WATERVILLE — Corrina Franzose stepped up to the edge of the Waterville Opera House stage, waited for her musical cue, and sang her heart out:

“It’s fine life, carrying the banner through it all,” she crooned.

At 14, Franzose has come to love theater so much that she is again auditioning for a show — this time, it’s “Newsies the Musical,”  based on the Disney film, “Newsies” and the true story of the newsboy strike in 1899 in New York City. The show, directed by Debra Susi, will open Nov. 8.

“I auditioned for the part of Race,” Franzose said later, in the lobby. “He is part of Jack Kelly’s gang, his crew.”

A freshman at Maine Central Institute where she is involved in theater and dance, Franzose, of Athens,  sang lyrics from the song, “Carrying the Banner,” for her audition Sunday. She has performed in two shows at the Opera House — “Hello, Dolly!” and “Seussical the Musical” — and was one of dozens of people to audition Sunday for “Newsies…”

Early Sunday afternoon, the Opera House lobby was teeming with boys, girls and teens waiting to audition as adults auditioned onstage before Susi, choreographer Adam Blais and musical director, Steven Banter.

Seasoned actor Mel Morrison, 64, of Hallowell, was among several men who auditioned for the part of Joseph Pulitzer, a pompous businessman who owns a major New York newspaper and initially doesn’t sympathize with the striking newsboys.

In a strong, clear voice, Morrison sang lyrics from the song, “The Bottom Line,” and then read some lines from the “Newsies…” script.

“Mr. Kelly, if I may speak to you alone,” Morrison said. “I can not put the price back where it was.”

Morrison was reading from the part of Pulitzer, engaging in dialogue with the character Jack Kelly, the charismatic leader of the striking newsboys, played Sunday by Blais. Susi at one point walked to the stage.

“Remember, this is a journey, right?” she said. “And part of this journey is, Pulitzer doesn’t think Jack knows what he’s doing.”

Auditioning was not all nerves and pent-up fear. Many of the actors know each other and have performed together in the past.

Morrison, for instance, has appeared in 17 shows at the Opera House, with his first role being the mayor in the musical, “The Music Man,” in 2002.

“The biggest roles I’ve done include Caiaphas in ‘Jesus Christ Superstar,’ and Mal Beinecke in ‘The Addams Family,'” Morrison said later in the lobby. “Last year I was in ‘The Wizard of Oz’ and ‘Hello, Dolly!'”

A 1973 Cony High School graduate where he was in chorus and appeared in variety and minstrel shows, Morrison performed with the Indian River Players in Melbourne, Florida, attending the Florida Institute of Technology. He returned to Maine and was part of the Augusta Players and was in the musicals “Oklahoma!” and “South Pacific” with Birdie Katz. After a 20-year hiatus from theater to have kids, he returned in 1999 to work with the Portland Players.

“I did ‘The Secret Garden’  and that got me into theater again and I haven’t stopped since,” he said.

A banker for many years before doing accounting for a car dealership, Morrison said the most rewarding part about being in theater is performing for a live audience. One may have preconceived notions about what an audience will think of a performance, but the result may be very different, he said.

“I don’t think there’s anything quite like it,” he said of performing live. “The audience always surprises you. I think you feel their love for you. The other part of it is, the cast really bonds. It’s like a family.”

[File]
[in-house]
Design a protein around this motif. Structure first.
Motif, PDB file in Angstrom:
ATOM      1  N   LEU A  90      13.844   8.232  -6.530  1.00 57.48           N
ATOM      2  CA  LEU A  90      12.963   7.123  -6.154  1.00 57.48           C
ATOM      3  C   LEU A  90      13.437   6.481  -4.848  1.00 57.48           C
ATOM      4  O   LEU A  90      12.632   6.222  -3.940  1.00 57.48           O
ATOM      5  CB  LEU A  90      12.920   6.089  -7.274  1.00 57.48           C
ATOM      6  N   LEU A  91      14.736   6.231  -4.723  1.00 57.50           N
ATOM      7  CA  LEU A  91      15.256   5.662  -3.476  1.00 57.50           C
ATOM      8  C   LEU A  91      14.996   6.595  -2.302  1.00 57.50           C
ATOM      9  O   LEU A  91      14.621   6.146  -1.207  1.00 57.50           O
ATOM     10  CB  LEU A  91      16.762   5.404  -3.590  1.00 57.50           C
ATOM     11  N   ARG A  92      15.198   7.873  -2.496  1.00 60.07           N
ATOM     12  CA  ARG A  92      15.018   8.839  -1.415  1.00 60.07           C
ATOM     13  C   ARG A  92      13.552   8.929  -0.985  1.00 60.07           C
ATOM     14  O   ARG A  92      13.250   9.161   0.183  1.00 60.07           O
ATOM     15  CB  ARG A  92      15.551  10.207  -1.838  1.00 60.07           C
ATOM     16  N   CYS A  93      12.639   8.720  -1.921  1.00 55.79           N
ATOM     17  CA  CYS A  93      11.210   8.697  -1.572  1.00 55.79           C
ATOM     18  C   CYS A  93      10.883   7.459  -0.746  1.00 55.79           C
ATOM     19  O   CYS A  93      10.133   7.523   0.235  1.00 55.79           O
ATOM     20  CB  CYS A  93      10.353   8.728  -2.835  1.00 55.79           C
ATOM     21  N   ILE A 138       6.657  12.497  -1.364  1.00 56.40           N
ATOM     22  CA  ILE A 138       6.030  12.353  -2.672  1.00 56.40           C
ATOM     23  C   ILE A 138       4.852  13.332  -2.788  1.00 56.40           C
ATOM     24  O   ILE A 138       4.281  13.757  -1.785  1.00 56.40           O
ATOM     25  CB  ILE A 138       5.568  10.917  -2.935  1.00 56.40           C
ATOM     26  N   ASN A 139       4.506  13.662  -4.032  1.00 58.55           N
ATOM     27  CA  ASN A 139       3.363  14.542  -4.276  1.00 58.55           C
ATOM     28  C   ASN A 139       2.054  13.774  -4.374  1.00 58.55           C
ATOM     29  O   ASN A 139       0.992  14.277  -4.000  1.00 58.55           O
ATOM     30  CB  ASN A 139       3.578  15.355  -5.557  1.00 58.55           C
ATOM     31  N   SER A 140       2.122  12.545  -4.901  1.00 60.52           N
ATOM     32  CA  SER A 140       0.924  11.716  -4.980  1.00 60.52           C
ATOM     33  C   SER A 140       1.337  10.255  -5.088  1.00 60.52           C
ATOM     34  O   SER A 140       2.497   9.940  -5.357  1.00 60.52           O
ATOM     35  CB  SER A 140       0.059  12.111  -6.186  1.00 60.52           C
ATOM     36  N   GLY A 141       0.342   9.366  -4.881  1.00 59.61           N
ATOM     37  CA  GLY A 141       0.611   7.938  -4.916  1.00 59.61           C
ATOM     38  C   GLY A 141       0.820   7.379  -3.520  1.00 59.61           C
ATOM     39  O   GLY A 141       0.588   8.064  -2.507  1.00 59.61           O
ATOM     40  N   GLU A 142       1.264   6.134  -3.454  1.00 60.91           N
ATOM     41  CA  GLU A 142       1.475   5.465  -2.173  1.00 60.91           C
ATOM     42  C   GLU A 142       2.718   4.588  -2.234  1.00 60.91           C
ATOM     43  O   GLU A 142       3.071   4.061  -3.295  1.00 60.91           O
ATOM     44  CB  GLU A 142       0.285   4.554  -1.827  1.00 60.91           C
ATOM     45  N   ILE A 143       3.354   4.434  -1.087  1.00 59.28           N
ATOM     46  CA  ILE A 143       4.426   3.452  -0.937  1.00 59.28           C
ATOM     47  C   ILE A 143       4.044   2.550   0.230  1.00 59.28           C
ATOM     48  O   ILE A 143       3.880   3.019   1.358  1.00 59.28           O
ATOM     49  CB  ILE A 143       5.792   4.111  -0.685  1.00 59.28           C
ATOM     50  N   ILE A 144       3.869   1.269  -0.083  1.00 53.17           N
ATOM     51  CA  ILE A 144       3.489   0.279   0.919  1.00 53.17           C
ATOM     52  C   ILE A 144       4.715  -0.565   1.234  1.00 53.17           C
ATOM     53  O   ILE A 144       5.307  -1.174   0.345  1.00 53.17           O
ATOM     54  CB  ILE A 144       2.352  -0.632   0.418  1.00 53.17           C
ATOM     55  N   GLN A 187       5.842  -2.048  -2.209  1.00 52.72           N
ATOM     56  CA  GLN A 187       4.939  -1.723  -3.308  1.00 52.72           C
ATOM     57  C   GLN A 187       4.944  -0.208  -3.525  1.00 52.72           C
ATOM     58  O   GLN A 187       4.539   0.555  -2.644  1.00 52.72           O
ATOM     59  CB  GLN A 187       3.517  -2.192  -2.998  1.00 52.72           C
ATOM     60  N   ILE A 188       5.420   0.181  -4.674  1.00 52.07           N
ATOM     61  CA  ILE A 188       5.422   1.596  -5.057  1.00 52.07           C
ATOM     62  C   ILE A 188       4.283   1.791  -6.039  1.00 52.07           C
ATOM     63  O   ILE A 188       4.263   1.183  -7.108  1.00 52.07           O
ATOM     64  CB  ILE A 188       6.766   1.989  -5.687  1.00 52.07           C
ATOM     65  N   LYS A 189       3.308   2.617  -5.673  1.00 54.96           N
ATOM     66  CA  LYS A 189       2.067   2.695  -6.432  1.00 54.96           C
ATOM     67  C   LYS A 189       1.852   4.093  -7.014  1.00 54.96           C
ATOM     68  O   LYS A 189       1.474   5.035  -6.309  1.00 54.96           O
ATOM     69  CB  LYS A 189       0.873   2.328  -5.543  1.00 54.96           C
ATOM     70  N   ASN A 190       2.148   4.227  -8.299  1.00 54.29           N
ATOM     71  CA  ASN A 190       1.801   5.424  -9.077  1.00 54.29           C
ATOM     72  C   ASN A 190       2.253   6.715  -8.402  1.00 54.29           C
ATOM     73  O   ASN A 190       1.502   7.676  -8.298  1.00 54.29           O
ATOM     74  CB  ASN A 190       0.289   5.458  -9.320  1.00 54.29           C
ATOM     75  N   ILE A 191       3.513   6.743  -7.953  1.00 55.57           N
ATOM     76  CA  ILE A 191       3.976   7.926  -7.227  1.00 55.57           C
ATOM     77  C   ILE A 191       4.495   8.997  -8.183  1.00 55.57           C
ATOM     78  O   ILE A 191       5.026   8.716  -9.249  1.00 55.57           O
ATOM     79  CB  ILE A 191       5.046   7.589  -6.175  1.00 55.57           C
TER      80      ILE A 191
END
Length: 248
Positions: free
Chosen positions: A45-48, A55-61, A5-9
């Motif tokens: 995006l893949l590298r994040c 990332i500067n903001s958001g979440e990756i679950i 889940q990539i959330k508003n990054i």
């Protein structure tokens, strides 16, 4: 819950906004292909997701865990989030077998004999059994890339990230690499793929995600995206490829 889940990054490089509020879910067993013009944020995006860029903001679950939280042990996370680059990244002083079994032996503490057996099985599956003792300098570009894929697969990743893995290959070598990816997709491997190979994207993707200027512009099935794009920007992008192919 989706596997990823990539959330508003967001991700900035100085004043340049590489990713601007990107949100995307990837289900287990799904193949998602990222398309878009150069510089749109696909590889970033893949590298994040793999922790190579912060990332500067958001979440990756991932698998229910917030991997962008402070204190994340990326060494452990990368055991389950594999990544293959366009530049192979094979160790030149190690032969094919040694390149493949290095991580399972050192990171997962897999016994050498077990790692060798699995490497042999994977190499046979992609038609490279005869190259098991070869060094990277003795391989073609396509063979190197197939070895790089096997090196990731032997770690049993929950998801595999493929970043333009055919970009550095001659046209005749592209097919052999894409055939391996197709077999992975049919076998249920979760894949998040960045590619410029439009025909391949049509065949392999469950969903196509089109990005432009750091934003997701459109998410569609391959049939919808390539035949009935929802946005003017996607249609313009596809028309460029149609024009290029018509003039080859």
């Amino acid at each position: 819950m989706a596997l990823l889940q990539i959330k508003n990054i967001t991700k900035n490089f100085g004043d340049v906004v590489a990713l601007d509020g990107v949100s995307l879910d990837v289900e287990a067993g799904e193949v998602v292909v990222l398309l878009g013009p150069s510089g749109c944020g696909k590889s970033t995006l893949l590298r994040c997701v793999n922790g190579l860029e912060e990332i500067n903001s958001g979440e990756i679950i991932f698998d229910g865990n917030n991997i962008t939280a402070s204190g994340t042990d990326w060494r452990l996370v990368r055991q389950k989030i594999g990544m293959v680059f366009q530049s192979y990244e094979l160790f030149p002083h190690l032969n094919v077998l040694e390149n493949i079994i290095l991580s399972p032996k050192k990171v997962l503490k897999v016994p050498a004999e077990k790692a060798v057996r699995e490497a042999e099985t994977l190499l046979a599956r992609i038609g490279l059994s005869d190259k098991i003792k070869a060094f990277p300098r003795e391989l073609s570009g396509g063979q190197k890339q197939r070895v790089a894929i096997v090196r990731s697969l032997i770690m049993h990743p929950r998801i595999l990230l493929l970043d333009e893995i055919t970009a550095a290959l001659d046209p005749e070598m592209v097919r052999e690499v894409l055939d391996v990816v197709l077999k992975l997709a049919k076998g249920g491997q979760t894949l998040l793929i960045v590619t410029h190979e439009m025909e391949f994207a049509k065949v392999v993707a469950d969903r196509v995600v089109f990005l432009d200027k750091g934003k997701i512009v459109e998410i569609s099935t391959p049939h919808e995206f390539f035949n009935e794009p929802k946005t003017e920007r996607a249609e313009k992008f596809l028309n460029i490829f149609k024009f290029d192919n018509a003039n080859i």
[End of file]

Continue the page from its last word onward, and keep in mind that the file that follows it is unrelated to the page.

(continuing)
Michelle Sweet, assistant executive director at the Opera House, said auditions will continue at 6 p.m. Monday.

Morrison would love to land the part of Pulitzer, which requires singing and memorization of many lines.

“I think I can sing the part, I think I can act the part and I can be made to look the part,” he said.

But asked if he thinks, after Sunday’s auditions, that he got the part, he laughs.

“I don’t think you ever want to think you got the part,” he said. “You don’t know who’s going to audition Monday night. So I never think that — never,” he said.

Like Morrison, Franzose says there’s nothing like being involved in theater.

“I love the dance, specifically the tap in the show,” she said. “I love tap, I love dance in general, and musical theater as a whole. The Opera House — it feels like I’ve done 20 shows. The camaraderie is amazing, unlike anything else I’ve ever done. Whether you’re working with tech, stage managing, directing or working with fellow actors, everyone’s so nice and kind, and that’s why I love it here.”

To top it off, Susi is a wonderful director and it is a privilege to work with her, according to those auditioning.

“Deb has a great vision,” Morrison said. “What she does is, she looks at every scene and paints this mental picture of what she wants it to look like and she relays that to you and it’s always about the image. The big thing is, what does the audience see? She doesn’t work you hard on the lines, she works you hard on the picture that she’s trying to paint. She’s a master.”

Tony Gerow, 31, the Opera House technical director, decided to audition for the part of Jack Kelly. Gerow saw the last performance of the original “Newsies…” in Los Angeles in 2013, he said. A performer with the Young Americans from 2009-14, Gerow has done a little of everything — acting, dancing, singing. A Bangor native, he also performed with the Robinson Ballet in that city.

“Newsies…” will run at 7:30 p.m. Nov. 8, 9, and 15; and at 2 p.m. Nov. 10, 16 and 17.

 

 

 

 

 

 


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